Written by: Philip Kerr, e-mail:
А teacher trainer and materials writer, whose projects include the coursebook series Inside Out and Straightforward. He lives and works in Brussels.
A selection of poems that could be exploited for classroom use.

Yellow Butter
Yellow butter purple jelly red jam black bread
Spread it thick
Say it quick
Yellow butter purple jelly red jam black bread
Spread it thicker
Say it quicker
Yellow butter purple jelly red jam black bread
Now repeat it
While you eat it
Yellow butter purple jelly red jam black bread
Don’t talk
With your mouth full!
Mary Ann Hoberman

My Teacher
What’s wrong with my teacher?
Does he shout too
Does he give you too much
Does he keep you in too
Does he actually like
Suddenly it dawned on me,
Deepak Kalha

Wasps like coffee.
Dorothy Aldis

The Dog Lovers
So they bought you
And kept you in a
Very good home
Central heating
A deep freeze
A very good home –
No one to take you
For that lovely long run –
But otherwise
“A very good home.”
They fed you Pal and Chum
But not that lovely long run,
Until, mad with energy and boredom
You escaped – and ran and ran and ran
Under a car.
Today they will cry for you –
Tomorrow they will buy another dog.
Spike Milligan

Like A Beacon
In London
every now and then
I get this craving
for my mother’s food
I leave art galleries
in search of plantains
salt-fish / sweet potatoes
I need this link
I need this touch
of home
swinging my bag
like a beacon
against the cold
Grace Nichols

In class
by chance I glance at her answer paper
protective of her labour
my next-door neighbour
drops an accusing karate chop
across the page-top
to stop me from copying
as she writes
her name
John Hegley

Good Hope
I believe
There is enough food
On this planet
For everyone.
I believe
That it is possible
For all people
To live in peace.
I believe
We can live
Without guns,
I believe everyone
Is important.
I believe there are good Christians
And good Muslims,
Good Jews
And good not sures, I believe
There is good in everyone
I believe in people.
If I did not believe
I would stop writing.
I know
Every day
Children cry for water,
And every day
Racists attack,
Still every day
Children play
With no care for colour.
So I believe there is hope
And I hope
That there are many believers
There is hope,
That is what I hope,
And this is what I believe,
I believe in you,
Believe me.
Benjamin Zephaniah

The Lesson
Chaos ruled OK in the classroom
as bravely the teacher walked in
the hooligans  ignored him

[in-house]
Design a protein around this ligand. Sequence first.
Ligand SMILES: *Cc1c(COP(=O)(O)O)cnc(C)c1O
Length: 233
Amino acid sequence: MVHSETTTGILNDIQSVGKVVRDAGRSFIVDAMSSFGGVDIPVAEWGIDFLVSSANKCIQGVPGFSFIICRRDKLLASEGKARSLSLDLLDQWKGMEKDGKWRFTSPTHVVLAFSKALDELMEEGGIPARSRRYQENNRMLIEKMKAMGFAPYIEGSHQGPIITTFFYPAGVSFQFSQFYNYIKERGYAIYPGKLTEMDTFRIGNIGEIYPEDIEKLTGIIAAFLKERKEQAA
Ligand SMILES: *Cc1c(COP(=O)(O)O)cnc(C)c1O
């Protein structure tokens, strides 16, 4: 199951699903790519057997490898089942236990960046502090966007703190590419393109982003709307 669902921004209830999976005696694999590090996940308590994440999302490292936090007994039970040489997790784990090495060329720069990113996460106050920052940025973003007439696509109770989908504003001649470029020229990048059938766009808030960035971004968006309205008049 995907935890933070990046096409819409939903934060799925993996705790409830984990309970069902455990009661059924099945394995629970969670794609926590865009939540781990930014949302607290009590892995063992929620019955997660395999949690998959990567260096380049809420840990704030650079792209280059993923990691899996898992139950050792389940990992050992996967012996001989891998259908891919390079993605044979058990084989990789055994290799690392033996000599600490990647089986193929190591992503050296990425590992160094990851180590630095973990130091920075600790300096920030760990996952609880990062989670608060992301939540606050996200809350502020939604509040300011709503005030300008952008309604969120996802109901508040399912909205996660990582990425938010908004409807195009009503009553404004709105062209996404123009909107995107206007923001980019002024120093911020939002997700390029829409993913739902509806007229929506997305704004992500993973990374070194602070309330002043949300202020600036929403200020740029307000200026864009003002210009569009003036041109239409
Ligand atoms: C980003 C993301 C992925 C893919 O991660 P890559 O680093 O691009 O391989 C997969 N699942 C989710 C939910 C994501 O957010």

his voice was lost in the din
“The theme for today is violence
and homework will be set
I’m going to teach you a lesson
one that you’ll never forget.”
He picked on a boy who was shouting
and throttled him then and there
then garroted the girl behind him
(the one with grotty hair)
Then sword in hand he hacked his way
between the chattering rows
“First come, first severed” he declared
“fingers, feet, or toes”
He threw the sword at a latecomer
it struck with deadly aim
then pulling out a shotgun
he continued with his game
The first blast cleared the back-row
(where those who skive hang out)
they collapsed like rubber dinghies
when the plug’s pulled out
“Please may I leave the room sir?”
a trembling vandal enquired
“Of course you may” said the teacher
put the gun to his temple and fired
The Head popped a head round the doorway
to see why a din was being made
nodded understandingly
then tossed in a grenade
And when the ammo was well spent
With blood on every chair
Silence shuffled forward
With its hands up in the air
The teacher surveyed the carnage
the dying and the dead
he waggled a finger severely
“Now let that be a lesson” he said.
Roger McGough

Best friends
It’s Susan I talk to, not Tracey,
Before that I sat next to Jane;
I used to be best friends with Lynda
But these days I think she’s a pain.
Natasha’s all right in small doses.
I meet Mandy sometimes in town;
I’m jealous of Annabel’s pony
And I don’t like Nicola’s frown.
I used to go skating with Catherine,
Before that I went there with Ruth;
And Kate’s so much better at trampoline:
She’s a showoff, to tell you the truth.
I think that I’m going off Susan,
She borrowed my comb yesterday;
I think I might sit next to Tracey,
She’s my nearly best friend: she’s OK.
Adrienne Henri

His heart’s in the wrong place it should be in the dustbin
the other night I went to see my brother-in-law for a chat
after five minutes he went and sat in the garage
after ten minutes he came back in saying
here John are you staying the night?
if that’s all right I said
then he was gone
up to the spare bedroom
to change the sheets
to put the dirty ones back on
John Hegley

This Is Just To Say
I have eaten
the plums
that were in
the icebox
and which
you were probably
for breakfast
Forgive me
they were delicious
so sweet
and so cold
William Carlos Williams

Not waving but drowning
Nobody heard him, the dead man,
But still he lay moaning:
I was much further out than you thought
And not waving but drowning.
Poor chap, he always loved larking
And now he’s dead
It must have been too cold for him his heart gave way,
They said.
Oh, no no no, it was too cold always
(Still the dead one lay moaning)
I was much too far out all my life
And not waving but drowning.
Stevie Smith

This be the verse
They fuck you up, your mum and dad.
They may not mean to, but they do.
They fill you with the faults they had
And add some extra, just for you.
But they were fucked up in their turn
By fools in old-style hats and coats,
Who half the time were soppy-stern
And half at one another’s throats.
Man hands on misery to man.
It deepens like a coastal shelf.
Get out as early as you can,
And don’t have any kids yourself.
Philip Larkin